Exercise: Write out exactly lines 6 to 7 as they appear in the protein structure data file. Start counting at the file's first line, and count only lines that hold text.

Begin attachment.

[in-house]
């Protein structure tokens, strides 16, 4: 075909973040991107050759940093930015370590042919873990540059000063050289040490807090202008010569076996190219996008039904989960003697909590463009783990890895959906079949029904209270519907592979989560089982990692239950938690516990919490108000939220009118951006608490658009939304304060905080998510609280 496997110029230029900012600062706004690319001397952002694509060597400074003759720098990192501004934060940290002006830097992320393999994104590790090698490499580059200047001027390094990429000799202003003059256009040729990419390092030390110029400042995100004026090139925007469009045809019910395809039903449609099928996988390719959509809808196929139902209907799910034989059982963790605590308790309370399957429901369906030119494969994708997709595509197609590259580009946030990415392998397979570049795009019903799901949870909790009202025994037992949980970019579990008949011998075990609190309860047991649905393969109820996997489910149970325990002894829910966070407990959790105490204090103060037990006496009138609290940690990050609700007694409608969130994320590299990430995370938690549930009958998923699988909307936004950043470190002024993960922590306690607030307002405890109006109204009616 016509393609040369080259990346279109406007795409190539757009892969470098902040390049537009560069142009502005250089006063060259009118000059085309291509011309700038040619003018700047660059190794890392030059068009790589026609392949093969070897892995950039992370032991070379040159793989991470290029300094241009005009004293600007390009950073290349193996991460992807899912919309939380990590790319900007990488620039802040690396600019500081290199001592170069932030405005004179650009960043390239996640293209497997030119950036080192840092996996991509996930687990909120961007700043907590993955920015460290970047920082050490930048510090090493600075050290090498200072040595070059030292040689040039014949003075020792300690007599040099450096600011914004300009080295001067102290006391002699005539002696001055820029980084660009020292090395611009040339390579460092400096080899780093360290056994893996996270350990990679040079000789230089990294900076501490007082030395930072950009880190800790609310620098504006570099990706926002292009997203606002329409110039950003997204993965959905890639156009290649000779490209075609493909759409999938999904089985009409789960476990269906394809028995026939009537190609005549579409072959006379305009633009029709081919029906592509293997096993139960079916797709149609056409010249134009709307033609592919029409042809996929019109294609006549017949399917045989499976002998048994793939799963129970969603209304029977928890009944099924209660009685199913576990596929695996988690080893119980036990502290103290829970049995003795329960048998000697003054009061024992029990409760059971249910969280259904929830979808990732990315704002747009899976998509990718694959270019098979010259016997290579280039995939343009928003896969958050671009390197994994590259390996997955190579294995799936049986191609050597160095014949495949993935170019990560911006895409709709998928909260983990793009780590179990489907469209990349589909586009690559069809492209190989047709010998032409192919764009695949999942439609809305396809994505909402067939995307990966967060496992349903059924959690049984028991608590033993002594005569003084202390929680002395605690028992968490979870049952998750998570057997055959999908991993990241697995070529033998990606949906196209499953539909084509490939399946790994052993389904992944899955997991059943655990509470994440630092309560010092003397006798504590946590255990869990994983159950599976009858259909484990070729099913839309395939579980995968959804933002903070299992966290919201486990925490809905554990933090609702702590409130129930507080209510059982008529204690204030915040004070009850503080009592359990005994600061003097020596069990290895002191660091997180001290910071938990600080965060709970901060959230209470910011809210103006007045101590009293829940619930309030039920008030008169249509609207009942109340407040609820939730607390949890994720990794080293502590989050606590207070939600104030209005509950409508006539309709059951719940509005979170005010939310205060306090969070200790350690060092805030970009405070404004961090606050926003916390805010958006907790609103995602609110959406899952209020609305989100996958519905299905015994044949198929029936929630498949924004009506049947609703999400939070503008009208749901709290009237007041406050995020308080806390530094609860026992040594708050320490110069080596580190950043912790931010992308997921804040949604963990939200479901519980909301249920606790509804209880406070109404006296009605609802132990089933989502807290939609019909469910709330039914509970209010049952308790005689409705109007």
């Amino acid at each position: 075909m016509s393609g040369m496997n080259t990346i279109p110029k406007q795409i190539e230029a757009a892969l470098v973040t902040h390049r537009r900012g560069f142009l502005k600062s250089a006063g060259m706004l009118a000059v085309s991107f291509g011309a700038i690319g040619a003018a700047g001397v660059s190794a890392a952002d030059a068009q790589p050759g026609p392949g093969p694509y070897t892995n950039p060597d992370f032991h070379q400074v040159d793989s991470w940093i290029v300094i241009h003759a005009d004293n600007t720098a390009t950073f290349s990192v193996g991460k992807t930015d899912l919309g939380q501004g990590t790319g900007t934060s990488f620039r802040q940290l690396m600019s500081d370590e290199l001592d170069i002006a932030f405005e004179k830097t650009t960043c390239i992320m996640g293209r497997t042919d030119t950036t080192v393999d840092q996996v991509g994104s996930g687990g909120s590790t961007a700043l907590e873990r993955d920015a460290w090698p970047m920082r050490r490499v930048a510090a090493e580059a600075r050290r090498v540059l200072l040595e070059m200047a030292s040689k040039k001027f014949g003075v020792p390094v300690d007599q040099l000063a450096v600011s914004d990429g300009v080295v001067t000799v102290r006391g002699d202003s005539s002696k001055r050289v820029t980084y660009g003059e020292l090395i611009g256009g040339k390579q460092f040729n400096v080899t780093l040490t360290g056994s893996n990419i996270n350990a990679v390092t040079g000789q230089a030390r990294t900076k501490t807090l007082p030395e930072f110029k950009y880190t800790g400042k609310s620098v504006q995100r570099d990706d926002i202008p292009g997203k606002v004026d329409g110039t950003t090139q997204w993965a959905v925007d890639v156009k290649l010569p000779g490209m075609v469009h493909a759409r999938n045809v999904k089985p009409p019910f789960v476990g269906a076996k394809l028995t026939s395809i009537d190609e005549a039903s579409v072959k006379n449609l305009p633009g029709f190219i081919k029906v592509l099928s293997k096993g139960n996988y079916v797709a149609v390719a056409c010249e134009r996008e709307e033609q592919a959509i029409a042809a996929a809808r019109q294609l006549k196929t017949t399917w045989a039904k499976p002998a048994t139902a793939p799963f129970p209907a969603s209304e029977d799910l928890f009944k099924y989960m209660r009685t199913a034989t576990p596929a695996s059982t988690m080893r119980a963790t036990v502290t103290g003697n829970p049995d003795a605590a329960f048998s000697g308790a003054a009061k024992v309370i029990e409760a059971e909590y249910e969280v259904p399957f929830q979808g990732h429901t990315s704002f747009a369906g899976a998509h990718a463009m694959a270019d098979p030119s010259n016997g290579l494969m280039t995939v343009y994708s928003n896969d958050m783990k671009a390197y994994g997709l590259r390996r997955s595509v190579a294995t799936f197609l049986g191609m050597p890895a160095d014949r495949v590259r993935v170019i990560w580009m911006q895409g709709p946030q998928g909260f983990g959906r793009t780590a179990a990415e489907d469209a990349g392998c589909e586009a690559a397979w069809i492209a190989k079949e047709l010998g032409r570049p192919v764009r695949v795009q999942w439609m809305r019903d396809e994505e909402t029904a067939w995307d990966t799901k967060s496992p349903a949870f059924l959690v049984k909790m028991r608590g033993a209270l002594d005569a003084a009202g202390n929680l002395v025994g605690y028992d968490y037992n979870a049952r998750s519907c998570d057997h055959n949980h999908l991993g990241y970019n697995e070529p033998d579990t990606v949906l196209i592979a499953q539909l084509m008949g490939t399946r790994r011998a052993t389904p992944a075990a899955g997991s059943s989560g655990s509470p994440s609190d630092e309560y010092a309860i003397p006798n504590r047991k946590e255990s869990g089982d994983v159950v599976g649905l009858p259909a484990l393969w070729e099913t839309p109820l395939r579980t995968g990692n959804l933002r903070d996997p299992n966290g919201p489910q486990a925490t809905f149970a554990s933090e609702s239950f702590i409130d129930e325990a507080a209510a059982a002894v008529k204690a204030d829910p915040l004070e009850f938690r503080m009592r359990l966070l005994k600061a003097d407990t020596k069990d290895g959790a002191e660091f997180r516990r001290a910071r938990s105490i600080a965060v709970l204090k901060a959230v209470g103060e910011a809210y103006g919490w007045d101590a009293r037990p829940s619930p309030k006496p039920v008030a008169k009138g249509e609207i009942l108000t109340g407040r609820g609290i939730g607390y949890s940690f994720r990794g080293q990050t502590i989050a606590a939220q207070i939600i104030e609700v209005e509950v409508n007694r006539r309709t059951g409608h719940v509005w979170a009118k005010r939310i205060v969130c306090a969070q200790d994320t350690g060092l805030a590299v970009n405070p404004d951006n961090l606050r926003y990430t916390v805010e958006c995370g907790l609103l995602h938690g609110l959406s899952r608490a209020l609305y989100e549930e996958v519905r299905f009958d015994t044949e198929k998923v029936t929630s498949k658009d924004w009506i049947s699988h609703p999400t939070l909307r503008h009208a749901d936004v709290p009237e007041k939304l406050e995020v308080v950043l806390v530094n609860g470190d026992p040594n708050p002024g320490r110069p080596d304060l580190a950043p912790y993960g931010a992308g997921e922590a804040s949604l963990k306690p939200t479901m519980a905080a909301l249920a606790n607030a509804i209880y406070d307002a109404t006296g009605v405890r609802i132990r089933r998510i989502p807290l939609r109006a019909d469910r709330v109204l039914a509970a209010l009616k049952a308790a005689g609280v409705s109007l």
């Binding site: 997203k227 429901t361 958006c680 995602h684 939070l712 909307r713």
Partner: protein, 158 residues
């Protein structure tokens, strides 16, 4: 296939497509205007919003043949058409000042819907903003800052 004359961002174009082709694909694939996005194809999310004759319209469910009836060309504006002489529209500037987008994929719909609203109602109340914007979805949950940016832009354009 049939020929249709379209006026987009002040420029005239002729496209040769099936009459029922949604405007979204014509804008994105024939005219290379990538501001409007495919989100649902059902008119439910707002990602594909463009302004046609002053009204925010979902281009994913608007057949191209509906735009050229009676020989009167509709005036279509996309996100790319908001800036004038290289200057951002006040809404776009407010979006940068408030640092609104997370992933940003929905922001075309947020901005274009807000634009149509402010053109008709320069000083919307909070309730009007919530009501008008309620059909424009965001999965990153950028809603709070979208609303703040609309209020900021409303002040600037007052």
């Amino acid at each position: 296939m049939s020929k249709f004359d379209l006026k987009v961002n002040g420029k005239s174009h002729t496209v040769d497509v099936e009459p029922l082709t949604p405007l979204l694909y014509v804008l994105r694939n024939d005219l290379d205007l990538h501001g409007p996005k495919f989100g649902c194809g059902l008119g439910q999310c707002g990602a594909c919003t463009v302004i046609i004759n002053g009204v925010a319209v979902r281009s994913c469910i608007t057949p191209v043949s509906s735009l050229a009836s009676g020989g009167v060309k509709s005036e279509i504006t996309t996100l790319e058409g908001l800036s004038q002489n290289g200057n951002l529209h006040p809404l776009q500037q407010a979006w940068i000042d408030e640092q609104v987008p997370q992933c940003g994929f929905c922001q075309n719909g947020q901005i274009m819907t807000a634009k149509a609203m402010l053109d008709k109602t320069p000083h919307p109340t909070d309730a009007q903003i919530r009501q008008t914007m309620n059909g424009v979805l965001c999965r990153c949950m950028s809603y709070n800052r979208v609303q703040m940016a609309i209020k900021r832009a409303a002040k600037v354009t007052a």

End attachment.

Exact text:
């Protein structure tokens, strides 16, 4: 296939497509205007919003043949058409000042819907903003800052 004359961002174009082709694909694939996005194809999310004759319209469910009836060309504006002489529209500037987008994929719909609203109602109340914007979805949950940016832009354009 049939020929249709379209006026987009002040420029005239002729496209040769099936009459029922949604405007979204014509804008994105024939005219290379990538501001409007495919989100649902059902008119439910707002990602594909463009302004046609002053009204925010979902281009994913608007057949191209509906735009050229009676020989009167509709005036279509996309996100790319908001800036004038290289200057951002006040809404776009407010979006940068408030640092609104997370992933940003929905922001075309947020901005274009807000634009149509402010053109008709320069000083919307909070309730009007919530009501008008309620059909424009965001999965990153950028809603709070979208609303703040609309209020900021409303002040600037007052």
């Amino acid at each position: 296939m049939s020929k249709f004359d379209l006026k987009v961002n002040g420029k005239s174009h002729t496209v040769d497509v099936e009459p029922l082709t949604p405007l979204l694909y014509v804008l994105r694939n024939d005219l290379d205007l990538h501001g409007p996005k495919f989100g649902c194809g059902l008119g439910q999310c707002g990602a594909c919003t463009v302004i046609i004759n002053g009204v925010a319209v979902r281009s994913c469910i608007t057949p191209v043949s509906s735009l050229a009836s009676g020989g009167v060309k509709s005036e279509i504006t996309t996100l790319e058409g908001l800036s004038q002489n290289g200057n951002l529209h006040p809404l776009q500037q407010a979006w940068i000042d408030e640092q609104v987008p997370q992933c940003g994929f929905c922001q075309n719909g947020q901005i274009m819907t807000a634009k149509a609203m402010l053109d008709k109602t320069p000083h919307p109340t909070d309730a009007q903003i919530r009501q008008t914007m309620n059909g424009v979805l965001c999965r990153c949950m950028s809603y709070n800052r979208v609303q703040m940016a609309i209020k900021r832009a409303a002040k600037v354009t007052a």